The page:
Cicero of Arpinum: A Political and Literary Biography Being a Contribution to the History of Ancient Civilization and a Guide to the Study of Cicero's Writings

By E. G. Sihler | Go to book overview

CHAPTER NINETEEN
THE IDES OF MARCH

CICERO took some official part in things official and in functions, but it went against the grain; he felt a kind of humiliation. (Fam. 7, 30, 1.) The veneering of absolute government by republican forms was galling to Cicero's deep-seated convictions and habits of life. True, he had his Tusculan villa, "the port of philosophy," a haven after so many storms and shipwrecks of the political sea. That he had, and he had his faithful Atticus. These were his consolation in the wrecks of life and time.

While the clouds of treason were gathering above the head of the Regent, Cicero more than ever devoted himself to still further exposition of philosophical themes in Latin speech. Cicero was not asked to join the plotters against the dictator's life;1 Favorinus too was omitted. Perhaps Cato himself would have refused to join had he lived.

The Tusculan Disputations were probably begun soon after the main work on Academica and De Finibus were concluded, in 45, but it was only in 44, but before the Ides of March, that they were concluded. The absence of correspondence with Atticus seems to prove, that in the new year, the last of Caesar's life, the two friends lived not so far apart, the Arpinate on the Palatine, and the Financier in his Caecilian mansion on the Quirinal. It is only after the Ides of March, that Atticus exchanged notes with the author. On May 18th he replied to Atticus' commendation of the first book. (Att. 15, 2, 4; 15, 4, 2.) If Cicero had been invited to become an accomplice in the great plot, it seems psychologically incredible that he should have gone on in these months with unfaltering devotion dictating to Tiro, whose speed must have approximated that of a modern shorthand writer. The Fragments of the Stoics, now gathered by von Arnim, make it very improbable that a conclusive thesis as to the sources ever can be established. At bottom it is quite immaterial. Cicero was then and had been for some time living in an atmosphere of resignation at almost all points of life. He was too old to be a dogmatic disciple of any individual person or school. He never had been, and there was too much of the advocate in him for such rigid demeanor. I rather think we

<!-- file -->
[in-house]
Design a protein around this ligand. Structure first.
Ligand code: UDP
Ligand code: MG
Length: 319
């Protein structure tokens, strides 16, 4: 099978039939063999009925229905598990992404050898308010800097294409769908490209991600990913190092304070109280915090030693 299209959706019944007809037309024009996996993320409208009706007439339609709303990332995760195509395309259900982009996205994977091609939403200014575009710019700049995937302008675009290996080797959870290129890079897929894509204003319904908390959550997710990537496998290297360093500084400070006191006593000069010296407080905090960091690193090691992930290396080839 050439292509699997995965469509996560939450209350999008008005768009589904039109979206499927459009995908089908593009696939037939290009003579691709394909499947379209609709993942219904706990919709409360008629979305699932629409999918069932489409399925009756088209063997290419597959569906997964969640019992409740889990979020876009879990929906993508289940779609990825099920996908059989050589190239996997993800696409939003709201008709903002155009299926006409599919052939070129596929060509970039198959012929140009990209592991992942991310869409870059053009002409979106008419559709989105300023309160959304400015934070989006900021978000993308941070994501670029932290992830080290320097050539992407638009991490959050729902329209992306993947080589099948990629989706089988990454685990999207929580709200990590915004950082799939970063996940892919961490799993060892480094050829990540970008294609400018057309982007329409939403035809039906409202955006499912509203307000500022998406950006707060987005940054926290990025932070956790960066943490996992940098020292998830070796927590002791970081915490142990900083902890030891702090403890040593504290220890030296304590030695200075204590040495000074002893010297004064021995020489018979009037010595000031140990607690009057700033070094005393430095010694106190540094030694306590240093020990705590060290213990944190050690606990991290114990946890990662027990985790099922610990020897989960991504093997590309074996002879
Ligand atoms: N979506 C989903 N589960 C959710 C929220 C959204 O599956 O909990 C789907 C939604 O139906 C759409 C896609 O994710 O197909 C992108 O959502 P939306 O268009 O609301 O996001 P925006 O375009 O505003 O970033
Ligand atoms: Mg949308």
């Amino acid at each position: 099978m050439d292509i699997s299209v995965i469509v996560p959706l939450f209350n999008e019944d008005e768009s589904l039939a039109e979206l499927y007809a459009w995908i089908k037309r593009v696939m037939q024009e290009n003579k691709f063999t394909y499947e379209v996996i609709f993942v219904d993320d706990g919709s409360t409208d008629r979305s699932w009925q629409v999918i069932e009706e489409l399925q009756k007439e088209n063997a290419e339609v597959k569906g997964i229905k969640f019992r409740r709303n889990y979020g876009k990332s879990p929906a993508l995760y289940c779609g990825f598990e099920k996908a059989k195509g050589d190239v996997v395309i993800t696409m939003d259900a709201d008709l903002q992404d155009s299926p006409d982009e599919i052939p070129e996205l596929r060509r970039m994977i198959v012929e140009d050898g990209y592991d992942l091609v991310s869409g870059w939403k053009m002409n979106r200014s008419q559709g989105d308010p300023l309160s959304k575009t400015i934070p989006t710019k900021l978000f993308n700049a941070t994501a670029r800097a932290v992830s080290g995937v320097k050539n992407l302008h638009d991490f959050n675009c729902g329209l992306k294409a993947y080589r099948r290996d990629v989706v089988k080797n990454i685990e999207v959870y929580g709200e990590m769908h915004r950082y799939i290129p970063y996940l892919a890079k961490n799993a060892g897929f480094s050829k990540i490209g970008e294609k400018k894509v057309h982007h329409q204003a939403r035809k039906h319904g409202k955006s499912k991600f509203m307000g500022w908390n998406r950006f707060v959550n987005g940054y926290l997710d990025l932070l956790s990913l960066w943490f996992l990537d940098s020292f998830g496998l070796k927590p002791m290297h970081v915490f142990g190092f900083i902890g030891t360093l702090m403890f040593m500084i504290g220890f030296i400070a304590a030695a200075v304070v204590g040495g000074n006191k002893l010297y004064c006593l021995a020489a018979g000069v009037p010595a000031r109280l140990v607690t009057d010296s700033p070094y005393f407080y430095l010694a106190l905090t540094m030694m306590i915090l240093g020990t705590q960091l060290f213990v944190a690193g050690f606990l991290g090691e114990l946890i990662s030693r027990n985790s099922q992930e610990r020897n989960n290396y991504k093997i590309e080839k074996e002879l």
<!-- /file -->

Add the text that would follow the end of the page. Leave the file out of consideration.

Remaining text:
____________________
Plut. Brut. 12.

-385-

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